Revised NYSPA Documentation Template

OPTUM Issues Provider Alert Addressing Documentation of Psychotherapy Combination Codes

United Behavioral Health (Optum) has issued a Provider Alert addressing documentation of the new psychotherapy combination codes (E/M plus Psychotherapy Add-on Code). You can read the Provider Alert by clicking here.

The Provider Alert reflects extensive feedback and suggestions from both the APA and NYSPA. The NYSPA template for psychotherapy combination codes, currently available in the CPT coding section of the NYSPA website (, includes all the clinical information required in the Optum Provider Alert. The only change is the addition of the requirement to document time spent providing psychotherapy. We have learned now that when CPT first developed the new combination codes, it was CPT’s intention that the time spent providing psychotherapy alone be documented. Therefore, we have modified our combination code template on the NYSPA website to replace “Start and Stop Time” with “Approximate Psychotherapy Time”. For 90833, the minimum psychotherapy time is 16 minutes and for 90836, the minimum psychotherapy time is 38 minutes.

We have elected to retain documentation of total face-to-face time (although not mandatory) to establish that there was sufficient total time to provide both an E/M service and a psychotherapy add-on service.

Optum has advised NYSPA that this new requirement will be enforced prospectively only. We also anticipate that Medicare will issue a similar advisory requiring documentation of psychotherapy time as well. NYSPA will be scheduling a webinar on the new documentation template shortly.

Psychiatry Embraces Patient-Centered Care

Lisa Dixon, M.D., M.P.H.; Jeffrey Lieberman, M.D.

From the President

January 29, 2014 DOI: 10.1176/

Lisa Dixon, M.D., M.P.H.; Jeffrey Lieberman, M.D.

Psychiatry has long been considered the medical specialty most attuned to listening to the patient. With few diagnostic laboratory or imaging tests available or other physical indicators of illness, psychiatrists have been trained to attend carefully to their patients’ histories and subjective reports of symptoms to make a diagnosis and determine the course of treatment. But the nature of the doctor-patient relationship was traditionally one-sided. Patients talked and their physicians listened, and then the doctor prescribed the treatment and the patient followed.

But now psychiatry is changing as the field of medicine adopts patient-centered care. This model of care places greater emphasis on the patient’s involvement in determining the goals of treatment that are meaningful to them and the nature of their care. Meaningful goals for patients generally go beyond symptoms to include quality of life, functioning, and a sense of hope and self-efficacy. Patient-centered care isn’t just about putting the patient at the center of the care equation. Rather, it shifts the balance of authority and responsibility of the doctor-patient relationship and incorporates shared decision making (SDM) between the clinician and the patient, particularly when it comes to treatment. SDM is defined as “a collaborative process that allows patients and their providers to make health care decisions together, taking into account the best scientific evidence available, as well as the patient’s values and preferences.” Practicing SDM requires that psychiatrists assess the patient’s interest in participating in decisions, providing information to them on the risks and benefits of specific treatments or approaches in an understandable format, and dialogue with patients about their choices. SDM does not mean that psychiatrists don’t make strong recommendations; rather, it means that those recommendations need to be reconciled with patients’ views and choices.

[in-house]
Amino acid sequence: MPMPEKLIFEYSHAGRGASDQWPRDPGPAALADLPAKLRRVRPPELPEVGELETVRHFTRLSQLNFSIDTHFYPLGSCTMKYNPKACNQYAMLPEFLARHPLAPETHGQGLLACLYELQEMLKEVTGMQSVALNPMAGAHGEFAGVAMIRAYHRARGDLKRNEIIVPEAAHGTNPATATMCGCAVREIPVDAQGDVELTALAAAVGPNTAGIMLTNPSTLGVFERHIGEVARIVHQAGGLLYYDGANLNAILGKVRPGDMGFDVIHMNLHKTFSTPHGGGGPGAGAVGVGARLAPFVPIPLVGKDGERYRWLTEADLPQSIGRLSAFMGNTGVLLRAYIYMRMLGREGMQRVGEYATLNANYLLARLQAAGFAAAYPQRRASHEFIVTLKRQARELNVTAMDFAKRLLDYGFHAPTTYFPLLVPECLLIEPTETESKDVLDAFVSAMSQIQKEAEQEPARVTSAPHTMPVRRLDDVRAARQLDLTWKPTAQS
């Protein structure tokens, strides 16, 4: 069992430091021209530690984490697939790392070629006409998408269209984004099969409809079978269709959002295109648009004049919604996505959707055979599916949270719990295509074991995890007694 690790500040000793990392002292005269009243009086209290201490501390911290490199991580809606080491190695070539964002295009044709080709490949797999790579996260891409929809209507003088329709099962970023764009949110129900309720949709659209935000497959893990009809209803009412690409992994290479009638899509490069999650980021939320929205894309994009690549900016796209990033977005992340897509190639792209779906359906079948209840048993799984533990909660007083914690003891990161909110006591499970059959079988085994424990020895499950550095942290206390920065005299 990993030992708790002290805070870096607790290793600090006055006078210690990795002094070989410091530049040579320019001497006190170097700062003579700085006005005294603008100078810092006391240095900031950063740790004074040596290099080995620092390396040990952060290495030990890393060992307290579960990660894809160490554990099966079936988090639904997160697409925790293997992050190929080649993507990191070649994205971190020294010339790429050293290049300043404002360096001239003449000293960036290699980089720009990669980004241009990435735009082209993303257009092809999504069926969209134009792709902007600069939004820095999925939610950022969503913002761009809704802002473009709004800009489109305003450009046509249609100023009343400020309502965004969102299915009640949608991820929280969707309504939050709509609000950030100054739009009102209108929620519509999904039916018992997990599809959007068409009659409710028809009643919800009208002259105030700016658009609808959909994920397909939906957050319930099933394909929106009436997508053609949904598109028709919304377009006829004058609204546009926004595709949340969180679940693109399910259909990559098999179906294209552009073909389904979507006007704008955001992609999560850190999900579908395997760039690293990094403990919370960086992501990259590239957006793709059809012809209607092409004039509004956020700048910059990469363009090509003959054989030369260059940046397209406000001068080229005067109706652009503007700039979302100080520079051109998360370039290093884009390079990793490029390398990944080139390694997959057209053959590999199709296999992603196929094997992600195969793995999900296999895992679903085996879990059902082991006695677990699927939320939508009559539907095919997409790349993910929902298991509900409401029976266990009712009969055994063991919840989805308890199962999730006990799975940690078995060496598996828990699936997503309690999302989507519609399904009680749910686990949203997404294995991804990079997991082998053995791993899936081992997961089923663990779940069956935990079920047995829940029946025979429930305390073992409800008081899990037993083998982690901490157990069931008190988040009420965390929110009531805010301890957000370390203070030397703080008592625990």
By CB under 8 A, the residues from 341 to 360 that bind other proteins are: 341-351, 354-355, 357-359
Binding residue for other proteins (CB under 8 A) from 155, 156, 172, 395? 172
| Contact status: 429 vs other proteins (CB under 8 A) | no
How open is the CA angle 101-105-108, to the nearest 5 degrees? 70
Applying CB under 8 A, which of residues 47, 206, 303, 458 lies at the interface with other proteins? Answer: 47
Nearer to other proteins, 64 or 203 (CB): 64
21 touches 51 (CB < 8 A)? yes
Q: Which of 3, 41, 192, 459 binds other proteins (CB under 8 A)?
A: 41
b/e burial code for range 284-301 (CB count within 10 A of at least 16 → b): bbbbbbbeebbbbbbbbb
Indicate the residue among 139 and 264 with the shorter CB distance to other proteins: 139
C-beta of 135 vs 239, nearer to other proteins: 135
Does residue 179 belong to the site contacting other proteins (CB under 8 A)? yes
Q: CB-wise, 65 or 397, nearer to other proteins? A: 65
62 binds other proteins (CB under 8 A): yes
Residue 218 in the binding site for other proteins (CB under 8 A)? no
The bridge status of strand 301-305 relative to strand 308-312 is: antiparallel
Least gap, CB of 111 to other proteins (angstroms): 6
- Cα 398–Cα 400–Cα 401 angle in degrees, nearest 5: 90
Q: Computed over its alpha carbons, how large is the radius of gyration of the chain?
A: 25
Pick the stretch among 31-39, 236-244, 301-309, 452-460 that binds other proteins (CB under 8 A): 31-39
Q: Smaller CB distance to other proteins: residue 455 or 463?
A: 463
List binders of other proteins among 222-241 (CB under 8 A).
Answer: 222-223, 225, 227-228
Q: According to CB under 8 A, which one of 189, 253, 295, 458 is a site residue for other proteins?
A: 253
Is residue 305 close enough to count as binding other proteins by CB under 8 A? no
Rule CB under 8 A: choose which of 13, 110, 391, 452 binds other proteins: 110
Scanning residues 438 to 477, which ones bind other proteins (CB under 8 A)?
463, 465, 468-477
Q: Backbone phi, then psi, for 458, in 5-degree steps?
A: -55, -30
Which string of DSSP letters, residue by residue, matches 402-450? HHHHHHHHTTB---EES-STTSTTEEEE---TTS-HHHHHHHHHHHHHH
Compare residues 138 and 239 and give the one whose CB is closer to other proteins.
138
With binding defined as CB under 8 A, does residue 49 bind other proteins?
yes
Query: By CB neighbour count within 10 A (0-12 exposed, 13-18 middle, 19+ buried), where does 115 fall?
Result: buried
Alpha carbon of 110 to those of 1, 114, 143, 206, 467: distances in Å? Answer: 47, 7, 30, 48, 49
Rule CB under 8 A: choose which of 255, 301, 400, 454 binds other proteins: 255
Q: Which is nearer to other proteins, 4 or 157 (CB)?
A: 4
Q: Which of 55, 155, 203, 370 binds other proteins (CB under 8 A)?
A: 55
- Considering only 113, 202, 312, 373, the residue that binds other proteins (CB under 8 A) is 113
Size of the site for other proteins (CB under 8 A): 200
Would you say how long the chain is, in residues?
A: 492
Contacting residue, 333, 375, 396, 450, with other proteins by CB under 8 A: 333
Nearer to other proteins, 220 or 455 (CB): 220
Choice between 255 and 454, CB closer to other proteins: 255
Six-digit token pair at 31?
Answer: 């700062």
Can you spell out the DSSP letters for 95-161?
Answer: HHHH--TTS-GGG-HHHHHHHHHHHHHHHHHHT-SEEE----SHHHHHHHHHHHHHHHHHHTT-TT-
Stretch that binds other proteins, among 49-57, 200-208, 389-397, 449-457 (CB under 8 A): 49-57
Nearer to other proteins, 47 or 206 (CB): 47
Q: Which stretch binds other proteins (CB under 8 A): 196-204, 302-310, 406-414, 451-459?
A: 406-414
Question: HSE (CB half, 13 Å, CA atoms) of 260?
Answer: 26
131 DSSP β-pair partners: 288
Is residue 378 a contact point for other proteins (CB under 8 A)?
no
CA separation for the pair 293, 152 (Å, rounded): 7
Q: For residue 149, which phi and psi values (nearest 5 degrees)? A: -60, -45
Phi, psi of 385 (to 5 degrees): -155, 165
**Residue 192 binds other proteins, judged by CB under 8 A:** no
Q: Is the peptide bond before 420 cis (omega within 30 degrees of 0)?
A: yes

The promise of this change is that, with patients taking a more involved role in their treatment decisions, physicians will better understand their patients’ needs and concerns and be better able to offer an informed course of treatment. It also brings the hope that patients will be more inclined to adhere to treatment and share important information about their response (including side effects), thereby enabling their physician to make adjustments as needed. This is not an insignificant change. In psychiatry, as in all of medicine, patient adherence is a prevalent problem and major limitation of treatment. For numerous reasons, many patients are unable or unwilling to follow through on “doctor’s orders,” with worsening symptoms as a consequence. In this context, doctors may discover that their orders may cause problems that the patient has not previously been willing to reveal.

There are other benefits to patient-centered care. Shared decision making between psychiatrist and patient can improve the efficiency and productiveness of patient visits, both indicators of quality care and precursors to improved patient mental health.

This new paradigm is not without its challenges. Empowering patients to be active participants in their care often requires educating them about their disorder and options for therapy to ensure they are prepared to ask relevant questions and understand the answers. Certainly this process is more difficult for patients whose disorders impair their cognitive and decision-making abilities. In fact, these concerns are cited by some psychiatrists as the reasons they are reluctant to embrace this care model. However, it is our job to develop the means to facilitate this mode of communication with patients and their participation in care. Initially, clinicians may find this role difficult because of the increased time and effort it requires and uncertainty on how best to teach and motivate patients in this way.